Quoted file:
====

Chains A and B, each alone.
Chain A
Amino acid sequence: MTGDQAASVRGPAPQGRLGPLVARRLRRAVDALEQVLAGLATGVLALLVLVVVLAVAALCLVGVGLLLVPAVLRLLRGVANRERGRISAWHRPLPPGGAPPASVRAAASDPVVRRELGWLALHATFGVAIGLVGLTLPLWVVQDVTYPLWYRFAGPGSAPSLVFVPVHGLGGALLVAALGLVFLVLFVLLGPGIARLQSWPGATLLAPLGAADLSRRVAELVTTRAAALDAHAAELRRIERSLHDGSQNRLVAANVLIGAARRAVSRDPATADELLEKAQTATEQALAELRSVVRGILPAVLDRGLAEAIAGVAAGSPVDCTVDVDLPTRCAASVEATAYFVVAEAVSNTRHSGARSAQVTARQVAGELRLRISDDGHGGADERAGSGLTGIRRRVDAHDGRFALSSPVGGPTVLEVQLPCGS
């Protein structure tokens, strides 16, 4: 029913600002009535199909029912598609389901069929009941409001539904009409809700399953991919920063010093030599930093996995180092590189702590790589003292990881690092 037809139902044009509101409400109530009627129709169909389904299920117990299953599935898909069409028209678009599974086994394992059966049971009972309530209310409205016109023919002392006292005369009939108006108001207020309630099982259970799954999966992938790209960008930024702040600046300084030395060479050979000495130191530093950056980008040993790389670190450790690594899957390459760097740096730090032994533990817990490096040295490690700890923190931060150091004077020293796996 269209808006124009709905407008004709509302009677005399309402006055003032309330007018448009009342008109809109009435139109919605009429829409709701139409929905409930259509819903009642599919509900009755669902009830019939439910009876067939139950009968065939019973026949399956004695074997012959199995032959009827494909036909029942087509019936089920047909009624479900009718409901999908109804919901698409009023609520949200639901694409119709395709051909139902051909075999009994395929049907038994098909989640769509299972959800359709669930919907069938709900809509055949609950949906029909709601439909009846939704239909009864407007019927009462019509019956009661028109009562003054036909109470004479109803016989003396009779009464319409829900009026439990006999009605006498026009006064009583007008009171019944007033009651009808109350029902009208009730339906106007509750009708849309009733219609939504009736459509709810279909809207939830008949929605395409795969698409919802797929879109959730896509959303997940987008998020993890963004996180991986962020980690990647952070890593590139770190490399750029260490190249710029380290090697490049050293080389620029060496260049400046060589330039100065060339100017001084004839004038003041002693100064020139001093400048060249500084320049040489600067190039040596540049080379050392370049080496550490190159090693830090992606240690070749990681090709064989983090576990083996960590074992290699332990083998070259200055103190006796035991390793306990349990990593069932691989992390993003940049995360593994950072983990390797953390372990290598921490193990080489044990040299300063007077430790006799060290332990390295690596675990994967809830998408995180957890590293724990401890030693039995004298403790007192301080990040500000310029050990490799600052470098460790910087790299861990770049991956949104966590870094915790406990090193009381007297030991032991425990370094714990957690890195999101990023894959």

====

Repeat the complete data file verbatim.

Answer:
Chains A and B, each alone.
Chain A
Amino acid sequence: MTGDQAASVRGPAPQGRLGPLVARRLRRAVDALEQVLAGLATGVLALLVLVVVLAVAALCLVGVGLLLVPAVLRLLRGVANRERGRISAWHRPLPPGGAPPASVRAAASDPVVRRELGWLALHATFGVAIGLVGLTLPLWVVQDVTYPLWYRFAGPGSAPSLVFVPVHGLGGALLVAALGLVFLVLFVLLGPGIARLQSWPGATLLAPLGAADLSRRVAELVTTRAAALDAHAAELRRIERSLHDGSQNRLVAANVLIGAARRAVSRDPATADELLEKAQTATEQALAELRSVVRGILPAVLDRGLAEAIAGVAAGSPVDCTVDVDLPTRCAASVEATAYFVVAEAVSNTRHSGARSAQVTARQVAGELRLRISDDGHGGADERAGSGLTGIRRRVDAHDGRFALSSPVGGPTVLEVQLPCGS
């Protein structure tokens, strides 16, 4: 029913600002009535199909029912598609389901069929009941409001539904009409809700399953991919920063010093030599930093996995180092590189702590790589003292990881690092 037809139902044009509101409400109530009627129709169909389904299920117990299953599935898909069409028209678009599974086994394992059966049971009972309530209310409205016109023919002392006292005369009939108006108001207020309630099982259970799954999966992938790209960008930024702040600046300084030395060479050979000495130191530093950056980008040993790389670190450790690594899957390459760097740096730090032994533990817990490096040295490690700890923190931060150091004077020293796996 269209808006124009709905407008004709509302009677005399309402006055003032309330007018448009009342008109809109009435139109919605009429829409709701139409929905409930259509819903009642599919509900009755669902009830019939439910009876067939139950009968065939019973026949399956004695074997012959199995032959009827494909036909029942087509019936089920047909009624479900009718409901999908109804919901698409009023609520949200639901694409119709395709051909139902051909075999009994395929049907038994098909989640769509299972959800359709669930919907069938709900809509055949609950949906029909709601439909009846939704239909009864407007019927009462019509019956009661028109009562003054036909109470004479109803016989003396009779009464319409829900009026439990006999009605006498026009006064009583007008009171019944007033009651009808109350029902009208009730339906106007509750009708849309009733219609939504009736459509709810279909809207939830008949929605395409795969698409919802797929879109959730896509959303997940987008998020993890963004996180991986962020980690990647952070890593590139770190490399750029260490190249710029380290090697490049050293080389620029060496260049400046060589330039100065060339100017001084004839004038003041002693100064020139001093400048060249500084320049040489600067190039040596540049080379050392370049080496550490190159090693830090992606240690070749990681090709064989983090576990083996960590074992290699332990083998070259200055103190006796035991390793306990349990990593069932691989992390993003940049995360593994950072983990390797953390372990290598921490193990080489044990040299300063007077430790006799060290332990390295690596675990994967809830998408995180957890590293724990401890030693039995004298403790007192301080990040500000310029050990490799600052470098460790910087790299861990770049991956949104966590870094915790406990090193009381007297030991032991425990370094714990957690890195999101990023894959």